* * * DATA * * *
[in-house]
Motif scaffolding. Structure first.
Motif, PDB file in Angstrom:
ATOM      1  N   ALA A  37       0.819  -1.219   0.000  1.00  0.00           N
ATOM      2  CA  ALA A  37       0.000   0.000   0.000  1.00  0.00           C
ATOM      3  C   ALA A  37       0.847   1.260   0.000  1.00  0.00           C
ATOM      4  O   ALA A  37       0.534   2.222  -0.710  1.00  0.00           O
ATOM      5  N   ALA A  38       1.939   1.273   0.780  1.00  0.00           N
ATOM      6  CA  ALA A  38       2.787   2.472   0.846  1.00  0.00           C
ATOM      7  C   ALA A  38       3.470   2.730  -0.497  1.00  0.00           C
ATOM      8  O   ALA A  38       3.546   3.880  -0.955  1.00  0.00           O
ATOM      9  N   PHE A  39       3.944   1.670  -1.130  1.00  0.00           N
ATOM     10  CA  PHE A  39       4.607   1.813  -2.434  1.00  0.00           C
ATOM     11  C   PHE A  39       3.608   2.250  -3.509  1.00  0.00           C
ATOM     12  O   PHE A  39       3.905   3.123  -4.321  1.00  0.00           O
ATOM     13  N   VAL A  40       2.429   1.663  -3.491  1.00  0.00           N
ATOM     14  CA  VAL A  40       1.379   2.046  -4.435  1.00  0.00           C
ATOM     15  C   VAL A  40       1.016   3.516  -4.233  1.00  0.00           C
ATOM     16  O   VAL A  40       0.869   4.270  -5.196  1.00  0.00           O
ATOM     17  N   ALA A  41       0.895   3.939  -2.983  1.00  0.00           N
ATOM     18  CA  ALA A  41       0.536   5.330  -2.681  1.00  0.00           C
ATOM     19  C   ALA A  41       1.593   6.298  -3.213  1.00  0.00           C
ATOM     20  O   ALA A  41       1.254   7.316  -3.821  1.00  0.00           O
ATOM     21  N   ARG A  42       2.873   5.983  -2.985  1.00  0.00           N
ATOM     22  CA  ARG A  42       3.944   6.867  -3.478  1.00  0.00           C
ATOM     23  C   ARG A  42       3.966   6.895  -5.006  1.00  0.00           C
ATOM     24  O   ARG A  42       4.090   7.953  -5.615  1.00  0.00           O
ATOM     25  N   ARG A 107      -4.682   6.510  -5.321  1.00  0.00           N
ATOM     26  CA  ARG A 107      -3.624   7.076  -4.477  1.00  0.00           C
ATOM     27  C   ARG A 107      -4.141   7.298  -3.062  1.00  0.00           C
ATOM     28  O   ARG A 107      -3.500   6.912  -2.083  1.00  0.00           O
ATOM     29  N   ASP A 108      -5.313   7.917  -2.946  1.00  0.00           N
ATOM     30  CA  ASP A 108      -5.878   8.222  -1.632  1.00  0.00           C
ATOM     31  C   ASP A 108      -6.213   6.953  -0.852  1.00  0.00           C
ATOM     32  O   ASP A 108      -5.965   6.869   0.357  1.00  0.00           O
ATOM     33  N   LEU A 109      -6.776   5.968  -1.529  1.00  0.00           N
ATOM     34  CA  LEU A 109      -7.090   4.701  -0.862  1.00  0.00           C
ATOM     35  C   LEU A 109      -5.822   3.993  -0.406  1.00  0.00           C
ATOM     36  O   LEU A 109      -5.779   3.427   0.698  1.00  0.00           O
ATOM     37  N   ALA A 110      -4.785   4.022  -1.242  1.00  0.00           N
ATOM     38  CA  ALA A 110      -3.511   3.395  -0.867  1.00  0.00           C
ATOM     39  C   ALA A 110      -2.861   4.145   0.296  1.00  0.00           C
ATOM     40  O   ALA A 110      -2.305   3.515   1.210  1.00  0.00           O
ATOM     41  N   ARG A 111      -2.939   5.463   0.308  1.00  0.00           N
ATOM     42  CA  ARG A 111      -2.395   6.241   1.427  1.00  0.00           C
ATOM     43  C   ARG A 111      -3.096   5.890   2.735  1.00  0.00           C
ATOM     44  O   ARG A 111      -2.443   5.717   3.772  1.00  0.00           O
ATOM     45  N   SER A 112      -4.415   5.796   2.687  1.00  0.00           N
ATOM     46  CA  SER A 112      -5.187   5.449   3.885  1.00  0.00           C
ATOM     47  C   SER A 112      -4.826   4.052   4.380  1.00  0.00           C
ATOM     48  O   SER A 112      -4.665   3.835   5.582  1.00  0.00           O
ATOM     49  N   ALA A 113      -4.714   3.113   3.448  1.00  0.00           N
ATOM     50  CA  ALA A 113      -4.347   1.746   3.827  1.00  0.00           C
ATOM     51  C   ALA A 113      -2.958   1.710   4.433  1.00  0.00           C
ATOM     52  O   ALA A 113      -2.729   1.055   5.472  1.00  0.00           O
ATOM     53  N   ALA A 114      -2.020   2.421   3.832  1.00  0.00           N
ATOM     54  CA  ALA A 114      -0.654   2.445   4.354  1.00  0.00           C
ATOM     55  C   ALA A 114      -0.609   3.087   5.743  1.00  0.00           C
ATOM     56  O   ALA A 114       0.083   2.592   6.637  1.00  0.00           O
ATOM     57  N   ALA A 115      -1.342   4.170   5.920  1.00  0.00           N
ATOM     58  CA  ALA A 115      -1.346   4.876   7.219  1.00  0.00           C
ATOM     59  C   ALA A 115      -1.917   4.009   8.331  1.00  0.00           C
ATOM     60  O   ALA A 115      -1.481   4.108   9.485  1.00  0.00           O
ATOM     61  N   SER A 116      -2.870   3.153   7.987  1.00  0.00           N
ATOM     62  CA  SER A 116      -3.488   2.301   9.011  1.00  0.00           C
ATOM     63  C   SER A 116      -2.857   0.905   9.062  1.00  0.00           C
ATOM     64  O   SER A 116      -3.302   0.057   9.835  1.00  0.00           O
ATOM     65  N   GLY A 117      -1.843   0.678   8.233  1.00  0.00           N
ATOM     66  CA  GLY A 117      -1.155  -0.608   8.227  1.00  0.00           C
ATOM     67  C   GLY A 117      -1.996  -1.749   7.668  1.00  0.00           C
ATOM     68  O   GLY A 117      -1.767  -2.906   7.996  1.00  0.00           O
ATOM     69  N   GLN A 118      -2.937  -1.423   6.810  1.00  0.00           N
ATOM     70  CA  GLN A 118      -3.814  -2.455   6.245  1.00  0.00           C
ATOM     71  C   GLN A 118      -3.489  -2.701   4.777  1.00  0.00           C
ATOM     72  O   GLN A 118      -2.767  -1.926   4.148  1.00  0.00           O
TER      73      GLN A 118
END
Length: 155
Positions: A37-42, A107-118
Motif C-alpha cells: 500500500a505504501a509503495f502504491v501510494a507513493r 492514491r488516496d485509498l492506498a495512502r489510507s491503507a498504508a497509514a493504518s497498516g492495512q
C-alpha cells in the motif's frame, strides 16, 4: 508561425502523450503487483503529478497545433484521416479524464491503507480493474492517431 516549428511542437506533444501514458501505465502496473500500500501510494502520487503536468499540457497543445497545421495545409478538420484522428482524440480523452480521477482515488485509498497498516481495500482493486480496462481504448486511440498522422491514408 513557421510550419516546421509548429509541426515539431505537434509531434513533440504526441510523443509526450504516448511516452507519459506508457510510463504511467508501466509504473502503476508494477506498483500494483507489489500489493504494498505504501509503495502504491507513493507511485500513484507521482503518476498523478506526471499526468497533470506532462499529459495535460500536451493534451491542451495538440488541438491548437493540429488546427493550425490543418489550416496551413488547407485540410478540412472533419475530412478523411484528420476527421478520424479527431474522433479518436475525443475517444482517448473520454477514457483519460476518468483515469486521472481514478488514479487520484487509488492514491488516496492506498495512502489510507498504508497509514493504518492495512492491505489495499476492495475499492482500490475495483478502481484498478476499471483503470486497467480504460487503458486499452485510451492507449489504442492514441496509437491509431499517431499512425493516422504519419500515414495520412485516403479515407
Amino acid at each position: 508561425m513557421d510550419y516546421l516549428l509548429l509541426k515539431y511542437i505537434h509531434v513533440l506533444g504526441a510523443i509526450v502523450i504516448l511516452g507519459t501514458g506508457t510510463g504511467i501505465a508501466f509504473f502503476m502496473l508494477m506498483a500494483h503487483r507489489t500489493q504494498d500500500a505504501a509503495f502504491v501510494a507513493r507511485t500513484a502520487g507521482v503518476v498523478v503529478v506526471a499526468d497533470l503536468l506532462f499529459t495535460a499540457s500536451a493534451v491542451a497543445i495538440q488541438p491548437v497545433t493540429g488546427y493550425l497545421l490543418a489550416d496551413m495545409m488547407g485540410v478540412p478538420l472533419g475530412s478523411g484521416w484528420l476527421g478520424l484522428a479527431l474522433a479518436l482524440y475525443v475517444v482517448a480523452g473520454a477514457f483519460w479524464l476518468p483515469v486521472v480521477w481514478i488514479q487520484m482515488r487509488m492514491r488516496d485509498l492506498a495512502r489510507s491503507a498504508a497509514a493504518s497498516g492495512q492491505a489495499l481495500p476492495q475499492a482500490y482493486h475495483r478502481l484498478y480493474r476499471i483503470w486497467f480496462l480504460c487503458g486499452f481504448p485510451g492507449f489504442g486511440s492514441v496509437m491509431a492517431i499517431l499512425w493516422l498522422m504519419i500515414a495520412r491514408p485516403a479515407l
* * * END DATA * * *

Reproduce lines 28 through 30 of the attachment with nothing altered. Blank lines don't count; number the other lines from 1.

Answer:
ATOM     25  N   ARG A 107      -4.682   6.510  -5.321  1.00  0.00           N
ATOM     26  CA  ARG A 107      -3.624   7.076  -4.477  1.00  0.00           C
ATOM     27  C   ARG A 107      -4.141   7.298  -3.062  1.00  0.00           C